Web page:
Posted 12 February 2010 - 10:11 AM
Since graduating from university I have felt slightly clueless as to where to take my ideas and work into a field that seems practical and of course beneficial to my creativity.
I have worked freelance as a photographer and have always enjoyed experimenting with subjects and locations using different lighting methods and techniques.
It would be logical to assume that this type of work is somewhat similar to what cinematographers do on set and so I think it might be something very fun to carry on as a career opportunity!
Of course I know its not just a simple case of walking straight in.
My friend worked as a runner on set for films such a Prince of Persia and Kick-ass. He did enjoy it but said the long hours are just too much to handle!
Of course I totally understand and appreciate this, but he was not a cinematographer and so I think working as this type of role will be a lot more interesting creatively!
Anyway, I am thinking of contacting the people that my friend worked for. But I'm not too sure if it is a logical thing to do to just call and ask "is there any possibility of getting some work experience unpaid just to see what you guys do?"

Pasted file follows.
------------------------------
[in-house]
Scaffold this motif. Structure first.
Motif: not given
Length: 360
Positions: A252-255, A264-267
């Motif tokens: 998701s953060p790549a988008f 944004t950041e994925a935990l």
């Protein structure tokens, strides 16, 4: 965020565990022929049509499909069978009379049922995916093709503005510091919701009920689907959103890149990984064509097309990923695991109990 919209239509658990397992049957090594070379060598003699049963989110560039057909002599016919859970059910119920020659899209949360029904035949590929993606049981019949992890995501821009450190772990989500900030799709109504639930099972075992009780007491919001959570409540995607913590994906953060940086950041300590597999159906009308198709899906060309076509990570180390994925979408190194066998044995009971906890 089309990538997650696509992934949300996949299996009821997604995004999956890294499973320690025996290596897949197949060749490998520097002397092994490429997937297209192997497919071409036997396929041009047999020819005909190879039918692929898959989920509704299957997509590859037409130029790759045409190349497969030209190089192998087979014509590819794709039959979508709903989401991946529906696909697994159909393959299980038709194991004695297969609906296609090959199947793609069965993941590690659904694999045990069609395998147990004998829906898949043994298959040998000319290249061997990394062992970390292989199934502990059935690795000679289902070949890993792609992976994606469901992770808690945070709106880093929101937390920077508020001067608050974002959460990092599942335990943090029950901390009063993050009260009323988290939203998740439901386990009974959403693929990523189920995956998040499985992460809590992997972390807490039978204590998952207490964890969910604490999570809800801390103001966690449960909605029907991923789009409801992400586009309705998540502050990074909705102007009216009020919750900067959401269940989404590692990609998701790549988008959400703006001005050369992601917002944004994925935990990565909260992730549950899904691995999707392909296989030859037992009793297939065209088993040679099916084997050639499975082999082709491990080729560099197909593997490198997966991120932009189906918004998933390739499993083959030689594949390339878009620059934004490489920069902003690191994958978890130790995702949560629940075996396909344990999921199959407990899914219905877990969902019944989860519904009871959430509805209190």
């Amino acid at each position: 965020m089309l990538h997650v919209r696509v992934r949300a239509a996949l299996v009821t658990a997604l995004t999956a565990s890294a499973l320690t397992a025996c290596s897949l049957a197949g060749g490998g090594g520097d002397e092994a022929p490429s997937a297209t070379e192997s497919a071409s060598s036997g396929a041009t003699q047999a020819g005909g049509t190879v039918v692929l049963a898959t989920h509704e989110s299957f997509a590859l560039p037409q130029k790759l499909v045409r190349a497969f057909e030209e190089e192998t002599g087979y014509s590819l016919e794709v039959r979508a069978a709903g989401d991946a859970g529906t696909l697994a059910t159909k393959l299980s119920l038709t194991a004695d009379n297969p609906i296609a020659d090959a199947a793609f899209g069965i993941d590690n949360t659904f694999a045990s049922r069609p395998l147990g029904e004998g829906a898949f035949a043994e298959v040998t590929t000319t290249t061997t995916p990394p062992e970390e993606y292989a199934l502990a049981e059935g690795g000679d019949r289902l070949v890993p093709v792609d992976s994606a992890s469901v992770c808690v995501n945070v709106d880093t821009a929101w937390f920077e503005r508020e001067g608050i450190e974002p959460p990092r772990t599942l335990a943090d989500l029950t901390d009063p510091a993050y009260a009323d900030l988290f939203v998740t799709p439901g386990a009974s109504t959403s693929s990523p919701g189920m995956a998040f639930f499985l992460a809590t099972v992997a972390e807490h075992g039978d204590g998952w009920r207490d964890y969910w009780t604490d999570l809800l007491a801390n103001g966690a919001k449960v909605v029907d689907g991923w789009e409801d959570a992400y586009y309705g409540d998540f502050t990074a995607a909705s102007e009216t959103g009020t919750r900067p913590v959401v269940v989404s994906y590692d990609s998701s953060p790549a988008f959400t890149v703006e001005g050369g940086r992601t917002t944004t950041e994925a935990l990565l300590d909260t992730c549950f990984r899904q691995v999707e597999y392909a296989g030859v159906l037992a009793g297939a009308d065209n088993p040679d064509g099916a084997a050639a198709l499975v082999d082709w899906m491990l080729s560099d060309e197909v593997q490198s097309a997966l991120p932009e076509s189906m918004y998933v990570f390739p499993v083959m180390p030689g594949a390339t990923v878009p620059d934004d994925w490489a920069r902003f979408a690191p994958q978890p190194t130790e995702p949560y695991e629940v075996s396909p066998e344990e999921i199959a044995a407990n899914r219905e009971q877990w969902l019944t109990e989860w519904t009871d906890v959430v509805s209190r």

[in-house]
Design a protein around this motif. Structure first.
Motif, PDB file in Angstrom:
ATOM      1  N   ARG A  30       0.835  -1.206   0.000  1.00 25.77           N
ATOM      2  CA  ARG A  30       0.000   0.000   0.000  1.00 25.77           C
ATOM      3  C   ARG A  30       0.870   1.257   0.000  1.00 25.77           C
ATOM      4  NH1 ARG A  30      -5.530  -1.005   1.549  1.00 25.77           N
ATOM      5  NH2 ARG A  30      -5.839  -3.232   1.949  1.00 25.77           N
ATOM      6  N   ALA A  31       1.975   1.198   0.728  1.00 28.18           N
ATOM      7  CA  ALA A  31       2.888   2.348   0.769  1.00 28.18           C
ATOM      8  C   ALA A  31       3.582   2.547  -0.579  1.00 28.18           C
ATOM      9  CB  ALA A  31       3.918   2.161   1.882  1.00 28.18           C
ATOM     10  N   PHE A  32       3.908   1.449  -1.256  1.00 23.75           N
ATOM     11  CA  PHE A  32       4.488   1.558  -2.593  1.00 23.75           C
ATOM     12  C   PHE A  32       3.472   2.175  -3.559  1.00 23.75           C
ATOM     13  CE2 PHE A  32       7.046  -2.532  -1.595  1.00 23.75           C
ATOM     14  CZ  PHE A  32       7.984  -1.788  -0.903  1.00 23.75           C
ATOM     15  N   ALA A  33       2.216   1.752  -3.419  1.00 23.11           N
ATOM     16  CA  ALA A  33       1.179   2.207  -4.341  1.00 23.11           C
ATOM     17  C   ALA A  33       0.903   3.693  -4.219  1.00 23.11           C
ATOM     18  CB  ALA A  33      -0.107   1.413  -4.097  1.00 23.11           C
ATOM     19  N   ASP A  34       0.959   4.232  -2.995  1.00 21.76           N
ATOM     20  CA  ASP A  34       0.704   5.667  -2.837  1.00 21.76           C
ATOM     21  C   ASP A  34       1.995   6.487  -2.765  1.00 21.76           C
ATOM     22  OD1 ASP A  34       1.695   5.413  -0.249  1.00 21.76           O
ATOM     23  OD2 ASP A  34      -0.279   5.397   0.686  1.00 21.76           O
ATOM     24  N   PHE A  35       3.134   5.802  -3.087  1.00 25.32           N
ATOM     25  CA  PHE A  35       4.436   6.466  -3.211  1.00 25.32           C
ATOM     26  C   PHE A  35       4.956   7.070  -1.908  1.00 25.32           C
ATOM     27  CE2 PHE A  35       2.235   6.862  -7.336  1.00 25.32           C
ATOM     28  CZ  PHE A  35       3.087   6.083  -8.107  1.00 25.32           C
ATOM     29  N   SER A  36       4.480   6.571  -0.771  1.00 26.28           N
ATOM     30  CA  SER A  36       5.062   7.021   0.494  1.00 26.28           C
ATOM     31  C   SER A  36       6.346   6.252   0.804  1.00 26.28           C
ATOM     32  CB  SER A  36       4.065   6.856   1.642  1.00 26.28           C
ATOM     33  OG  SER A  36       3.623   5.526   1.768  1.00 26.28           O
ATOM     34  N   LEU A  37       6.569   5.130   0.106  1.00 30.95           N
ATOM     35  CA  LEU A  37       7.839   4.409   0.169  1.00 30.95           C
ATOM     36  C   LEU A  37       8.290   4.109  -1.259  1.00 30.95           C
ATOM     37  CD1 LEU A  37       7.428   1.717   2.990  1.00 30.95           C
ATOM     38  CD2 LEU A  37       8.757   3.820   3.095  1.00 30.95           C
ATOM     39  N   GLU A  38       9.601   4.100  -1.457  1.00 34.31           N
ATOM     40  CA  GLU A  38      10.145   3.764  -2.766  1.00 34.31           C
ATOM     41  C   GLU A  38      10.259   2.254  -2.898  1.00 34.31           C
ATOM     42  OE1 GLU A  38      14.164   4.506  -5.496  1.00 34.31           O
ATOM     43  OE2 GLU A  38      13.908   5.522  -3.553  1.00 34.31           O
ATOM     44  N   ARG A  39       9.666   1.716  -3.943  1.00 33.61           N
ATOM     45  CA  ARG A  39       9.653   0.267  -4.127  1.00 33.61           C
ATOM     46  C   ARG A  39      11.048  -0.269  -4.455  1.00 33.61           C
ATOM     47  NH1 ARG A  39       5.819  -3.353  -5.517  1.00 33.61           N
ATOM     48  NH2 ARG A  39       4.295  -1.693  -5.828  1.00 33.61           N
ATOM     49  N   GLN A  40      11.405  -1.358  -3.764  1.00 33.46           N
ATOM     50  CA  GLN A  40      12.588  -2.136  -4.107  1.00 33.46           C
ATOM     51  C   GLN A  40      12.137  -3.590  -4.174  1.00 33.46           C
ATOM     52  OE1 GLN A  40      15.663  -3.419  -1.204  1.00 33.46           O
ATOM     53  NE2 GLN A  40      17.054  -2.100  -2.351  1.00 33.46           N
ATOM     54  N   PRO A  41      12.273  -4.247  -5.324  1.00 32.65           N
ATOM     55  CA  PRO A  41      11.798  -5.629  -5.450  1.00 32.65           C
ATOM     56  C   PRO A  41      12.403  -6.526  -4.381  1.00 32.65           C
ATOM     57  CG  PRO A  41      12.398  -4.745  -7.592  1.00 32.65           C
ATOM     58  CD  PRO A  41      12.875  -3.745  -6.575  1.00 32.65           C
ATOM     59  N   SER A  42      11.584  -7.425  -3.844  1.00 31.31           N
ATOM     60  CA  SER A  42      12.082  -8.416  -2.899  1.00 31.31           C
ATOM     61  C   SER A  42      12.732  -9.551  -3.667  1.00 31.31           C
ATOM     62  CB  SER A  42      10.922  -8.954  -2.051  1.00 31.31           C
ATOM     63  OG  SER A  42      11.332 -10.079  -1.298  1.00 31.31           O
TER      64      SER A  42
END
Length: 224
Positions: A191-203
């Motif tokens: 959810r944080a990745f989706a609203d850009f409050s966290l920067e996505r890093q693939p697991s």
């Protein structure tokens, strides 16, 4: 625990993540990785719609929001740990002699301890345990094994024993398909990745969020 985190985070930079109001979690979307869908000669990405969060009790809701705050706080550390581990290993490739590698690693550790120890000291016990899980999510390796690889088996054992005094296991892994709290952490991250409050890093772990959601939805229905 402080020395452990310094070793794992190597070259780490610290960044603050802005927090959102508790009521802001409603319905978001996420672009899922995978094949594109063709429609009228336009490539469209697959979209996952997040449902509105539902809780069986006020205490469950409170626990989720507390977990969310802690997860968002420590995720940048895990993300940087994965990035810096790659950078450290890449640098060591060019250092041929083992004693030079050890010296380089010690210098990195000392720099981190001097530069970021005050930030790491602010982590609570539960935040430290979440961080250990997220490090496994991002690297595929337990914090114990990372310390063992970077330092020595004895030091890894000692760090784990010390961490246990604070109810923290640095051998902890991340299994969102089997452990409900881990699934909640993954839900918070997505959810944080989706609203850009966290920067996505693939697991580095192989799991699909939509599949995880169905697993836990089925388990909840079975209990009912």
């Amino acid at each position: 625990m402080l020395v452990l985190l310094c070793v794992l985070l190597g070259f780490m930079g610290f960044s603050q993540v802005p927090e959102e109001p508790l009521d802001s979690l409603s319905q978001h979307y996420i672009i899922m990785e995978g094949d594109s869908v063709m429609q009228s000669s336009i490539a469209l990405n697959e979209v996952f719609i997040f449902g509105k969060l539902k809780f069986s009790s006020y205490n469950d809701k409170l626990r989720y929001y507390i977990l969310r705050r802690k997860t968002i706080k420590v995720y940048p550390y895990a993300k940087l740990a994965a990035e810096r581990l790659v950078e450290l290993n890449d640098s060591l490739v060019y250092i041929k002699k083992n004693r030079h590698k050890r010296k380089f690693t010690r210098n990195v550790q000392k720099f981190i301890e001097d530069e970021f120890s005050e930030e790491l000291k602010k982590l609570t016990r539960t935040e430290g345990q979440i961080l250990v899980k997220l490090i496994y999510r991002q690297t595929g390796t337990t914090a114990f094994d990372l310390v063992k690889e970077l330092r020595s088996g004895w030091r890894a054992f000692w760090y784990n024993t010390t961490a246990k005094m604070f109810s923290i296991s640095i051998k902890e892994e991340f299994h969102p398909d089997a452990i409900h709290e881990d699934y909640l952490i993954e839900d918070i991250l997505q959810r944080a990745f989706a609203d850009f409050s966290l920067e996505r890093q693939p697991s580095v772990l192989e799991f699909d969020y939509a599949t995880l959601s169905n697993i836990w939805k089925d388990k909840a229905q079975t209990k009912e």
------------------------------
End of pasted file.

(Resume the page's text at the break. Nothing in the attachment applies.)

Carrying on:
Would there be any advice on how to go about asking the company for this type of experience?
Many thanks for your time!
Posted 17 February 2010 - 01:09 PM
Posted 17 February 2010 - 01:15 PM
For jobs, start building the network working on jobs you find off of mandy.com or craigslist, and hopefully those contact will parlay into real shoots soon then after. For the first bit of time it'll be a mixture of miserable experiences and great experiences, and jobs you find on craiglist/mandy/productionhub etc, until such time as you know enough other working professionals (and those who hire crew) to keep your phone ringing.
I wouldn't ask for unpaid work, i'd ask for PA work which'll at least be paid for the pain. Then you can opt to take some non-paid work as a DoP to try the waters and build up a reel if that's where you want to do. I think everyone on here has done at least one or two "free" shoots, much as we all hate to see them, and often do them. You have to be careful working for free, you can get stuck there.
Posted 17 February 2010 - 02:36 PM
Being paid, no matter how small an amount, means that the production has taken a conscious decision to hire you and that you are of some value, apart from just physically being there and the convenience of saving a £ or a $ or even a €!
On the other side of the coin, when I was starting out my no-pay factor helped me to get involved in some good shoots rather than swimming in the wilderness of "how do I get in?"
Essentially don't let people take the piss out of you and make sure that you zone-in on your patience 'muscle'. Ya gonna need it!